THE Mildura food bank is looking for new and inventive ways to procure more supplies as it works to meet a swift increase in demand.
Andrew Kilroy, who runs Sunraysia Mallee Ethnic Communities Council’s food bank, said requests for assistance have doubled over just the last week.
“During the worst times in COVID world, we were providing 500 people a week with food relief,” he said. “I estimate that over the next six months we will be providing upwards of a thousand people a week with food relief.”
This week the food bank is already on track to provide more than 700 people with food packages, through requested deliveries or walk-ins.
Struggling under the increase in demand, it has required Mr Kilroy to rethink the way the food bank will provide groceries to people in Sunraysia. Mildura’s isolated location makes it hard for food deliveries from Melbourne food banks to get here.
“The fruit and vegetables that come to us from Melbourne, when they do make it here, they’re barely usable and they’re right at the end of their use-by date,” Mr Kilroy said. “The other issue we face is the mileage on that food. It’s a massive cost for the transport and the food.”
Instead of relying on Melbourne-based food hubs, Mr Kilroy and SMECC have instead looked locally and to other regional towns for better solutions.
“I’m putting a lot of effort in now to work with local growers and work with local businesses to be able to get a much greater local supply of food, to be able to contribute to the food relief system,” he said.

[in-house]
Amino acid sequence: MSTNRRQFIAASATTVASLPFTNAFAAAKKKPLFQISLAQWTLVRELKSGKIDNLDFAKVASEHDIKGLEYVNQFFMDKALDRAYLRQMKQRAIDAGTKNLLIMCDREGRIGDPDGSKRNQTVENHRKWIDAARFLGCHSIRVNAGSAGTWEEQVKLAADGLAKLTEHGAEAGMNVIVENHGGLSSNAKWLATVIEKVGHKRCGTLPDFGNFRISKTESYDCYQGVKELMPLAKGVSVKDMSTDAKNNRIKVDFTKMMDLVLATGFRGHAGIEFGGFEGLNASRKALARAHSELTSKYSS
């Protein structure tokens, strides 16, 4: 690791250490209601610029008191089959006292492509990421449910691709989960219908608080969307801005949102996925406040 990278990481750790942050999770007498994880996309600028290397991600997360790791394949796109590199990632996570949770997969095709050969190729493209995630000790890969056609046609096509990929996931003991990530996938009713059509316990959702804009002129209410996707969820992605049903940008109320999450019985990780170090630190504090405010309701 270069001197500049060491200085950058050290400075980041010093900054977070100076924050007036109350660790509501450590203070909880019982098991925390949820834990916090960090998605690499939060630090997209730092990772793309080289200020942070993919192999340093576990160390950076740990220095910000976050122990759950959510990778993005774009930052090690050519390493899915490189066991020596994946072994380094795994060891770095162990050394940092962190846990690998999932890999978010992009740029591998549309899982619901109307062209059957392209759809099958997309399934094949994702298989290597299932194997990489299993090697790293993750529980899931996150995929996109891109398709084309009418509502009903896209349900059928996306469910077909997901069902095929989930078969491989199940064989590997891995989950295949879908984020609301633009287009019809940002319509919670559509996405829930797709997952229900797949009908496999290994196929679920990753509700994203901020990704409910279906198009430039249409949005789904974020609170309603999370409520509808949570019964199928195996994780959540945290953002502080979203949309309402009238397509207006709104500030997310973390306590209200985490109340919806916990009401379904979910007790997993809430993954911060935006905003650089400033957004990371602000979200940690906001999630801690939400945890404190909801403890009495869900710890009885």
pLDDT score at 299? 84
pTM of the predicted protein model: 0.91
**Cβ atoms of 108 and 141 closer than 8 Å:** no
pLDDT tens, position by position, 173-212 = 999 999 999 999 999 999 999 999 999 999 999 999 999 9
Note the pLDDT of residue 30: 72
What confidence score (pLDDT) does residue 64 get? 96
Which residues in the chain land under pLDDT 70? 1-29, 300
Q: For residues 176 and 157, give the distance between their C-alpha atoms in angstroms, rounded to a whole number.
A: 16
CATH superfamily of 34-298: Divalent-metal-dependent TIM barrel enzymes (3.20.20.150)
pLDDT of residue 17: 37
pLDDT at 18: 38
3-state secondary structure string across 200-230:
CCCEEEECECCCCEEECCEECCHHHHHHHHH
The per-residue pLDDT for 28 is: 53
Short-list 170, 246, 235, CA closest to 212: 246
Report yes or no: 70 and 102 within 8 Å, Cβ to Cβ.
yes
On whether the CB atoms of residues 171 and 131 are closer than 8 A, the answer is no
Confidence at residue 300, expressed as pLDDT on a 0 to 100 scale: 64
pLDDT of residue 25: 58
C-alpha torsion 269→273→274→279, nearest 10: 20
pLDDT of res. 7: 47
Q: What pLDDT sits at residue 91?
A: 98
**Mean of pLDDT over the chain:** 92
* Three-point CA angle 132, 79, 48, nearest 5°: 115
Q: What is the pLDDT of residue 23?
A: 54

Although, Mr Kilroy said they are always seeking more, the food bank has had a large increase in donations thanks to local supermarkets and growers after just making initial contact.
Mr Kilroy said that alongside food hubs in Shepparton, Albury, Wodonga, Bendigo, Warrnambool and Geelong, Mildura has formed the Regional Food Security Alliance where they are working collaboratively with other regional towns to find donors and then distribute the donations among those in the alliance. This has meant that when Shepparton recently received a large donation of apples they were able to send some to Mildura, rather than have ones that were not eaten in time go to waste.
Cutting down on waste has been a huge part of the work for Mr Kilroy. The Mildura food bank recently launched a GoFundMe and with the help of the Catholic dioceses of Ballarat raised $17,000 for a restaurant-standard oven. Access to a kitchen has allowed them to turn any fruit or vegetables that is edible but no longer presentable into healthy frozen meals. The Mildura food bank is one of the only food banks that is making these sorts of meals.
“Being able to provide nutrition in the food relief system is very, very difficult,” he said. “This is another thing that our oven has allowed us to do.”
Adequate fruit and vegetables have been the hardest thing to supply for people, and the food bank is always taking donations from local growers.
“The latest floods in Queensland and New South Wales is putting even more pressure on supply and it’s going to be even more of a challenge for us to provide nutrition in the form of fresh fruit and vegetables in our food hub,” Mr Kilroy said. “We’re seeking any farmers that have food that ordinarily is good to eat and is nutritious but is not suitable for distribution.”
Mr Kilroy said the current crisis has a demographic of people coming to the food bank that the food bank hasn’t seen before.
“A big part of what’s happening now are people, that ordinarily wouldn’t have been in the system, coming to us because all the money’s gone to just cost of living stuff,” he said. “I’ve seen an emergence of a new group, which I call the working class poor.”
Although the Mildura food bank does not turn people away, Mr Kilroy is asking that people look at their expenses and see if they can cut other things before groceries, due to the huge demand being felt. The food bank is also always looking for any donations or volunteers to come help.
If you’d like to help, go to smecc.org.au/community-food-relief/